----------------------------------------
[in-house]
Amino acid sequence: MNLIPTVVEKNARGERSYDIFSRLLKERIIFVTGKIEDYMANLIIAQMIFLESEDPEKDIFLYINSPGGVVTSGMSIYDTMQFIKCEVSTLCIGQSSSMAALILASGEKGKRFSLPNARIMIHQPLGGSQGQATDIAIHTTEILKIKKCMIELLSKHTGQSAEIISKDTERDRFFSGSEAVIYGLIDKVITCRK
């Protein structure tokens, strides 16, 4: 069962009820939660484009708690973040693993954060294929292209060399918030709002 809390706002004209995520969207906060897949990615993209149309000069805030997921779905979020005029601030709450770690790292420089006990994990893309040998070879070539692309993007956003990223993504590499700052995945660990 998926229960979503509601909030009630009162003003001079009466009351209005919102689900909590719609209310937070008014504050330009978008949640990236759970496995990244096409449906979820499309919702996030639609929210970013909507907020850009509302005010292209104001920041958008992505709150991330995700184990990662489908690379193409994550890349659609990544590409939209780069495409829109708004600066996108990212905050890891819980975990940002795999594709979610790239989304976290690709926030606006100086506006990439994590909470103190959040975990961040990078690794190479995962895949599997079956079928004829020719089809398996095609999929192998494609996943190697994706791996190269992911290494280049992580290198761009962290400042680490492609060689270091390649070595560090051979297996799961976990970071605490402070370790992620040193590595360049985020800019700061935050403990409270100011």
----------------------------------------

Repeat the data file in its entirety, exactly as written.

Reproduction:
[in-house]
Amino acid sequence: MNLIPTVVEKNARGERSYDIFSRLLKERIIFVTGKIEDYMANLIIAQMIFLESEDPEKDIFLYINSPGGVVTSGMSIYDTMQFIKCEVSTLCIGQSSSMAALILASGEKGKRFSLPNARIMIHQPLGGSQGQATDIAIHTTEILKIKKCMIELLSKHTGQSAEIISKDTERDRFFSGSEAVIYGLIDKVITCRK
């Protein structure tokens, strides 16, 4: 069962009820939660484009708690973040693993954060294929292209060399918030709002 809390706002004209995520969207906060897949990615993209149309000069805030997921779905979020005029601030709450770690790292420089006990994990893309040998070879070539692309993007956003990223993504590499700052995945660990 998926229960979503509601909030009630009162003003001079009466009351209005919102689900909590719609209310937070008014504050330009978008949640990236759970496995990244096409449906979820499309919702996030639609929210970013909507907020850009509302005010292209104001920041958008992505709150991330995700184990990662489908690379193409994550890349659609990544590409939209780069495409829109708004600066996108990212905050890891819980975990940002795999594709979610790239989304976290690709926030606006100086506006990439994590909470103190959040975990961040990078690794190479995962895949599997079956079928004829020719089809398996095609999929192998494609996943190697994706791996190269992911290494280049992580290198761009962290400042680490492609060689270091390649070595560090051979297996799961976990970071605490402070370790992620040193590595360049985020800019700061935050403990409270100011």